My husband is wearing ugly shoes. Very ugly shoes.
At first, I didn’t notice. He had just returned from a business trip to New York, and there he stood, next to my desk, beaming.
“What?” I asked. “Is there something in my hair?”
He said nothing. Just kept smiling. He looked very happy.
“What’s wrong?” I asked.
“Nothing,” he said, still smiling. Then he stuck out a toe and started stroking my calf.
I shrieked and recoiled in terror. “Oh, my God, what is that you’re wearing?” I asked. His feet were sheathed in some kind of creepy black rubberized gorilla-feet things. “Is that a Halloween costume?”
“They’re new,” he said. “It’s special ergonomic technology to simulate the experience of walking barefoot.” He had bought them after reading a book on the airplane about an isolated tribe of Mexican Indians who can run hundreds of kilometres barefoot.
He stopped briefly to lift a foot and give it a loving gaze, before adding in an awestruck tone, “They’ll make me run faster in marathons.”
“You’ve never run a marathon in your life,” I said.
“Well, now I can if I want to,” he said. Then, as he left the room, he called: “You should try them, too. They’re supposed to be good for lower back pain.”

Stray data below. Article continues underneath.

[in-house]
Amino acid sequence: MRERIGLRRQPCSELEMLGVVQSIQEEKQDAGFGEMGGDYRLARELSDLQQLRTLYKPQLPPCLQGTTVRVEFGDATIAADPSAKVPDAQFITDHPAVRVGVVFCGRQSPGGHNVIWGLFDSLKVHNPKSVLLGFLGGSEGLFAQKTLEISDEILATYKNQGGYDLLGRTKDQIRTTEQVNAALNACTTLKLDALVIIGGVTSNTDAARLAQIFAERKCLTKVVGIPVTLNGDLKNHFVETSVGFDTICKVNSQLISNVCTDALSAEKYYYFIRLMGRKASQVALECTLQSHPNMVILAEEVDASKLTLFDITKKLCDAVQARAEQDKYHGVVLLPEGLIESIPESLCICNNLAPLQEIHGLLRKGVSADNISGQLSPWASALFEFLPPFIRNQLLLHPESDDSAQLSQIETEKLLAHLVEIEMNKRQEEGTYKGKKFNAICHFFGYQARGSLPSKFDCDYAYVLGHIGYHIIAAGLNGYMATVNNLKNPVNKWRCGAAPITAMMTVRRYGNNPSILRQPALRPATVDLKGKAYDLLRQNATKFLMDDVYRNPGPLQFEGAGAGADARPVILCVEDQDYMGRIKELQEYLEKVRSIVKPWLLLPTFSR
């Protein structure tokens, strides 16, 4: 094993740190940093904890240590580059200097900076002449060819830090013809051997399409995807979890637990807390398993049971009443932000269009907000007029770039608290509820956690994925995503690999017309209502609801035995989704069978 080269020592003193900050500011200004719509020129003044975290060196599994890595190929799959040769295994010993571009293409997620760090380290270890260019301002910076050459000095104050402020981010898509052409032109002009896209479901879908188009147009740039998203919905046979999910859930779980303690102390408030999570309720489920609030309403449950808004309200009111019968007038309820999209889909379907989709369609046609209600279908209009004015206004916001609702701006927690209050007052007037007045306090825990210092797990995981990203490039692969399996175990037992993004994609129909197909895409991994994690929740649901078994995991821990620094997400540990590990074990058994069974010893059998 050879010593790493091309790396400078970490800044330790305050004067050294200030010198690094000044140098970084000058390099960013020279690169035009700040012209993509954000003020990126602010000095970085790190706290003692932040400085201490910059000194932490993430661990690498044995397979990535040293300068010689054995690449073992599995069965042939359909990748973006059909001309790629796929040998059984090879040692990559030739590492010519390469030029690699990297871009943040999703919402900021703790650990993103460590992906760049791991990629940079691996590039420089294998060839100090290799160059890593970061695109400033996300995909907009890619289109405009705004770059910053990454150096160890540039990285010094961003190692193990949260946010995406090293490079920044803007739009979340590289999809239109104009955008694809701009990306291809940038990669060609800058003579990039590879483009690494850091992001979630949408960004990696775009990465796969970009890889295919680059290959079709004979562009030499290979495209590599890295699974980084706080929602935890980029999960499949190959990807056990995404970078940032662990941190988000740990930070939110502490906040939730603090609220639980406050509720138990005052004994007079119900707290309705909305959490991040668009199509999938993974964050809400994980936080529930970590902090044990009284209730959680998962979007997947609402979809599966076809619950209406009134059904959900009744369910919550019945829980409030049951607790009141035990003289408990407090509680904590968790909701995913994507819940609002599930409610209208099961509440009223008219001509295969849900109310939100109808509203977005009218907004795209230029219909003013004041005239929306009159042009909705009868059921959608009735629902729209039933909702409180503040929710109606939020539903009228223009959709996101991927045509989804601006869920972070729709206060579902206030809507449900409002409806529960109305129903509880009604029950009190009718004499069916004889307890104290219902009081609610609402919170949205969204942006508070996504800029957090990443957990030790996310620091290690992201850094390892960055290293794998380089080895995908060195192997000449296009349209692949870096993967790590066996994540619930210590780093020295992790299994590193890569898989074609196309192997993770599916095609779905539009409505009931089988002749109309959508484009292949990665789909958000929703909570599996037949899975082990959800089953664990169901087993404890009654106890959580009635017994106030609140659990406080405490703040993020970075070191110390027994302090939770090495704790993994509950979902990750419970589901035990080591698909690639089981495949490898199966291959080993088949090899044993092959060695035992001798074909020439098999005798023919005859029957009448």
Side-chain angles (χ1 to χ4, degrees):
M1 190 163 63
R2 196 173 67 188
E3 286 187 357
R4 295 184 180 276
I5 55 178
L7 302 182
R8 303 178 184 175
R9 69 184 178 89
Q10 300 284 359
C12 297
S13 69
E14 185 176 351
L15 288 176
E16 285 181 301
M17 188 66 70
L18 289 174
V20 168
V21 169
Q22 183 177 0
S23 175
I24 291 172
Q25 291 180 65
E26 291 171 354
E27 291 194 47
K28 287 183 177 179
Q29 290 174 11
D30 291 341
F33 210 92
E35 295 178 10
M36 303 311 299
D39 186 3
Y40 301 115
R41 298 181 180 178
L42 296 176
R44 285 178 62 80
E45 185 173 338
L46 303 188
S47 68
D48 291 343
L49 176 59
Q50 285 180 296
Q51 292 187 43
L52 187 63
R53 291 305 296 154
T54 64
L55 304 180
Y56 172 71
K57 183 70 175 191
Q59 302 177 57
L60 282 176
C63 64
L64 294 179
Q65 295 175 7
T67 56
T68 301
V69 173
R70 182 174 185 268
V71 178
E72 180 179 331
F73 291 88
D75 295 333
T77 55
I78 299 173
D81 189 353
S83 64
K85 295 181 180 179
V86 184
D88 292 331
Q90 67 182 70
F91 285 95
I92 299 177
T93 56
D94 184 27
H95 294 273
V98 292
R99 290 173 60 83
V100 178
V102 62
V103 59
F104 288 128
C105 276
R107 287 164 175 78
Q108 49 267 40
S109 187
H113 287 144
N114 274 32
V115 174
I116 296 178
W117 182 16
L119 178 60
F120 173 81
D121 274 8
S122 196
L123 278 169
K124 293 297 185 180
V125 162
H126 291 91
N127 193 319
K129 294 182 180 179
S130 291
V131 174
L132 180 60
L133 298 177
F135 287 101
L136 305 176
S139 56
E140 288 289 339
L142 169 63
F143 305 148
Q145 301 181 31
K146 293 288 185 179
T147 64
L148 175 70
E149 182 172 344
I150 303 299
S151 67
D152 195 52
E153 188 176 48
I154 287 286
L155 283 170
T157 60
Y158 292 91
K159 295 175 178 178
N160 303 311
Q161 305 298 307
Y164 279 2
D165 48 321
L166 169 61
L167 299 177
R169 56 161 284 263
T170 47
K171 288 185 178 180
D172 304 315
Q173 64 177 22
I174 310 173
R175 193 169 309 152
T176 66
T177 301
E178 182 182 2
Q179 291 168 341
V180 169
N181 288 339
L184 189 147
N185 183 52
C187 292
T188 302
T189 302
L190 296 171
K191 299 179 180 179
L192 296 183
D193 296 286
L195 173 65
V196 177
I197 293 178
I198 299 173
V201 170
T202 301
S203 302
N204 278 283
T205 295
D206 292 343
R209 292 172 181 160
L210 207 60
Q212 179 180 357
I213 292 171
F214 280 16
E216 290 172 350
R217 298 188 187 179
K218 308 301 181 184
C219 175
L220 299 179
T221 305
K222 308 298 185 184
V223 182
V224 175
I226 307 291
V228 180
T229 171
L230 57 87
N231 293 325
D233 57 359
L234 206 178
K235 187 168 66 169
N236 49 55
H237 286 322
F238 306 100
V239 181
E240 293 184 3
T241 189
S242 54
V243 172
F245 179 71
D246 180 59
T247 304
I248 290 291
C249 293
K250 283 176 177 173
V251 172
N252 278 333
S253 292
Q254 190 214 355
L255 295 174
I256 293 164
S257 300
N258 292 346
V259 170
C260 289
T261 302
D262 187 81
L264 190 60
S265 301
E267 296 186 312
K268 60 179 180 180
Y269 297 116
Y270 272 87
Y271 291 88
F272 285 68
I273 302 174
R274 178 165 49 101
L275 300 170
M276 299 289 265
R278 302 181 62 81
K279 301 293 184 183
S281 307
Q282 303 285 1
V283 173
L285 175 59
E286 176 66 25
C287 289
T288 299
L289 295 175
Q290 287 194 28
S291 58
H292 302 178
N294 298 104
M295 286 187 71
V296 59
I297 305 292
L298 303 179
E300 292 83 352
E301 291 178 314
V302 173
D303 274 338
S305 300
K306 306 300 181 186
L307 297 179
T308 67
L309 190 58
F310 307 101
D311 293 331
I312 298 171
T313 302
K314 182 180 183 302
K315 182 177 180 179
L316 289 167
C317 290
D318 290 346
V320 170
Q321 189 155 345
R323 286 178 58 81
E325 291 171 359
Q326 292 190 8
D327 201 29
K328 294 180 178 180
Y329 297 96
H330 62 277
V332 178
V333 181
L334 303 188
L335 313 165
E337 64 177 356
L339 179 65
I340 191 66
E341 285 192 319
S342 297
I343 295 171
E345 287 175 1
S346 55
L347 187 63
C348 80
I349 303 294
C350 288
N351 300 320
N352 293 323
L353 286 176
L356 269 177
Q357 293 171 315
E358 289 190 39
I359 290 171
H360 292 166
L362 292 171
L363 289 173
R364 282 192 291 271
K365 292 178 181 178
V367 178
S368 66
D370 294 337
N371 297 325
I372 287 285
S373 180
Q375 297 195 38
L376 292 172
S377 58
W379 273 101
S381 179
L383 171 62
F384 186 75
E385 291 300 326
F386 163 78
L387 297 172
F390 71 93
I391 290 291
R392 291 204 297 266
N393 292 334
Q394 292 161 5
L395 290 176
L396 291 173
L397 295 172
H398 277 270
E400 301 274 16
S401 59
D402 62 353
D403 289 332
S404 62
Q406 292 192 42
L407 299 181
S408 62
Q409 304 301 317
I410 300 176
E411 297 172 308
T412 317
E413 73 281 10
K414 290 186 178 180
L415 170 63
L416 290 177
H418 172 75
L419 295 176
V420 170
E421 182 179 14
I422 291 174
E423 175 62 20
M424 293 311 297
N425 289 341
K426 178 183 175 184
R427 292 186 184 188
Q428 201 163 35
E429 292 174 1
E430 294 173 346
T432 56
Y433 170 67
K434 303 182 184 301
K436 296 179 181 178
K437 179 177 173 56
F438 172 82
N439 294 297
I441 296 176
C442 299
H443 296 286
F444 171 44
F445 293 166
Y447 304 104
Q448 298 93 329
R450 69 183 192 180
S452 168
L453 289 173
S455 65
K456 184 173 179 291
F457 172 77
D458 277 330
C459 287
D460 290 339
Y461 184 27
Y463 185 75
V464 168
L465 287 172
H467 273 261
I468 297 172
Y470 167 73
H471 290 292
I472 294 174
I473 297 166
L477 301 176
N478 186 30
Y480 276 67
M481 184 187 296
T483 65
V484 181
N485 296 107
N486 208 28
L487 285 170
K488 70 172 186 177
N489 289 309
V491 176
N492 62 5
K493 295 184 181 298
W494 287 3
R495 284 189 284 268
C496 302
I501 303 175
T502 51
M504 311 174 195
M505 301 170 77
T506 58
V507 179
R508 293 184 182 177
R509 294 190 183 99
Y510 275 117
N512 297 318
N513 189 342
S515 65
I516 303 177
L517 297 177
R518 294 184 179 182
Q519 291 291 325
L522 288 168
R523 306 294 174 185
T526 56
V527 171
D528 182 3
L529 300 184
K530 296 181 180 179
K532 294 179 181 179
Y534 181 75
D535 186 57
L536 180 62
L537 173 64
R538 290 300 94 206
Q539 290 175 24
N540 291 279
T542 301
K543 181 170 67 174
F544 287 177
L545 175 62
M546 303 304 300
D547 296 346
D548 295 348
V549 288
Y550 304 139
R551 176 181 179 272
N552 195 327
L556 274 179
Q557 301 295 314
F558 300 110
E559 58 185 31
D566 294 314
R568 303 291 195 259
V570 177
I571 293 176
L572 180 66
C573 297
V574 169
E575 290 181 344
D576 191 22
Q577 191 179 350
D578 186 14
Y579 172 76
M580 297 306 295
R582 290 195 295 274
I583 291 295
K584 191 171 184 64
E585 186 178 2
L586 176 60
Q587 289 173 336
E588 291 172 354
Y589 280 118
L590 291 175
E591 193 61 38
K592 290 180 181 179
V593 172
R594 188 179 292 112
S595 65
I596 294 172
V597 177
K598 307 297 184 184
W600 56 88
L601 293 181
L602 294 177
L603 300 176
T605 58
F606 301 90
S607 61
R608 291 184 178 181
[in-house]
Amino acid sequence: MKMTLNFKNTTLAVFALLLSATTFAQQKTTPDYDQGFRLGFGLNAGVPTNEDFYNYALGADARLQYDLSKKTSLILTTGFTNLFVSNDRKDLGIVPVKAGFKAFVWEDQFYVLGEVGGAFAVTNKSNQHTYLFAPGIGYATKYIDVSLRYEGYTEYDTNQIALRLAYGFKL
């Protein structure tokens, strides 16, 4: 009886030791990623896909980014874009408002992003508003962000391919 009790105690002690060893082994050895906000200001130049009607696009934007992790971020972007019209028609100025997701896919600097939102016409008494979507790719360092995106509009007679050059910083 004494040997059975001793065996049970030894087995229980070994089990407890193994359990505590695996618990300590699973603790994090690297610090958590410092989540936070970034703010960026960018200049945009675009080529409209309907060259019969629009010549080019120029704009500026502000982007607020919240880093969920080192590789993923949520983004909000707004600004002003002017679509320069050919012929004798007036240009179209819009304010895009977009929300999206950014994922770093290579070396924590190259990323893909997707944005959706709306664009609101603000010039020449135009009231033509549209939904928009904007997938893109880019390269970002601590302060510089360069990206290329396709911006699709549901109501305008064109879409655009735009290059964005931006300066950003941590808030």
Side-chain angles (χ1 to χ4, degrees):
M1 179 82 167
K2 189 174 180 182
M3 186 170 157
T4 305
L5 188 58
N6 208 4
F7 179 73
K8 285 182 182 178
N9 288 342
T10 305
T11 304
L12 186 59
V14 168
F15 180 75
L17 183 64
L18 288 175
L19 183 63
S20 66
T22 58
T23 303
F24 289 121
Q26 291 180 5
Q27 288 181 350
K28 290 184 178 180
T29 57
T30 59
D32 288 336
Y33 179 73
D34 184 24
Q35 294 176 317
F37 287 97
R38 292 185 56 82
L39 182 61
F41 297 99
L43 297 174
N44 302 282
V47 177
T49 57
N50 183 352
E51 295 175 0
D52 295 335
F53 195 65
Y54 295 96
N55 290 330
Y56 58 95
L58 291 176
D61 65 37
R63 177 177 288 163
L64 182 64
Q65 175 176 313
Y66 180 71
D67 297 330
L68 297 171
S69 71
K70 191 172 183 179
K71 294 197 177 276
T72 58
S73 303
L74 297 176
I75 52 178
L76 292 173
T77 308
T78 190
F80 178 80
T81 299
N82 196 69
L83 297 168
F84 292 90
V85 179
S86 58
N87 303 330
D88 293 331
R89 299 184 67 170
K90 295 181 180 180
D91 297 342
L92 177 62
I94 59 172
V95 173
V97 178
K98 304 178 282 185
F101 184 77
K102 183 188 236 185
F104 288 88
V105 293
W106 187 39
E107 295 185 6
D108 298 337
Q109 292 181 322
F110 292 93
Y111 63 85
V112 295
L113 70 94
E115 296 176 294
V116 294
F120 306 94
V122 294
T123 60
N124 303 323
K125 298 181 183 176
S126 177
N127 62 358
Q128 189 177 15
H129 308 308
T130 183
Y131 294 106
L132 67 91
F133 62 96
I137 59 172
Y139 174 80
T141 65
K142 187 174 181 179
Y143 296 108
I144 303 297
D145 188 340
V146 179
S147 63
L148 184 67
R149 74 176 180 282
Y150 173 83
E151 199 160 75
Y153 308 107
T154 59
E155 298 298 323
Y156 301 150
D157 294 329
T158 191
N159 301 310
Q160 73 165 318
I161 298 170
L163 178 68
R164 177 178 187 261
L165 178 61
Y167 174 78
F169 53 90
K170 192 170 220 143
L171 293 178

I was not completely surprised by this sartorial twist. My husband has a history of making disturbing fashion choices. This dates at least to when I met him in the mid-1980s. He favoured striped knit ties in those days.
I waited that one out, but it was followed by the era of the ponytail (circa 1994) and then an awkward cyber-geek eyeglasses period (1995-2000).
But gorilla shoes? (2009-??) I am not Dian Fossey.
Suddenly, a new and terrible thought occurred to me. Where was he lumbering off to, wearing those things? Surely he wasn’t thinking of leaving the house. …
Part of me hoped — wanted desperately to believe, in fact — that he had just gone to stand in front of a full-length mirror. I imagined him admiring his sudden but striking resemblance to a hairy plant-eating primate who was in the process of rebuilding toe muscles weakened by decades of wearing sneakers. (“Our feet have atrophied,” he lectured, sternly. “Not mine,” I said.)